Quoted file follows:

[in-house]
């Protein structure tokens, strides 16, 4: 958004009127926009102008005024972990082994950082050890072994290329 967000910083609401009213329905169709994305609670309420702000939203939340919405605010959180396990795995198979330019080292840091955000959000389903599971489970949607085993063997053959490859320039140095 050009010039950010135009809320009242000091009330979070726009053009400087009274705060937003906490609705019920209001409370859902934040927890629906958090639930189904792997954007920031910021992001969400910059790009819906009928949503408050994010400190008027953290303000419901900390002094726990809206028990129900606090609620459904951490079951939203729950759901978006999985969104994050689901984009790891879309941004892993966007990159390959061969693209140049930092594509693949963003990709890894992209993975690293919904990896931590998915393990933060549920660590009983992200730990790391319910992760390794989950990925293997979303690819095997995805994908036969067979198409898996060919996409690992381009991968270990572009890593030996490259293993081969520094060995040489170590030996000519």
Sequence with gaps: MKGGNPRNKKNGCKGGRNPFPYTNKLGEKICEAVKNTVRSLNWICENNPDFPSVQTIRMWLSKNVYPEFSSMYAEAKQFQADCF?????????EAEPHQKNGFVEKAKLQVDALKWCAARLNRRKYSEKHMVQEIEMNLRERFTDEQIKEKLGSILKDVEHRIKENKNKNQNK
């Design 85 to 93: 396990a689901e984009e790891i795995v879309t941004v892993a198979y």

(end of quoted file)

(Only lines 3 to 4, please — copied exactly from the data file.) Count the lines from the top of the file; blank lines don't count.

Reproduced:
Sequence with gaps: MKGGNPRNKKNGCKGGRNPFPYTNKLGEKICEAVKNTVRSLNWICENNPDFPSVQTIRMWLSKNVYPEFSSMYAEAKQFQADCF?????????EAEPHQKNGFVEKAKLQVDALKWCAARLNRRKYSEKHMVQEIEMNLRERFTDEQIKEKLGSILKDVEHRIKENKNKNQNK
């Design 85 to 93: 396990a689901e984009e790891i795995v879309t941004v892993a198979y």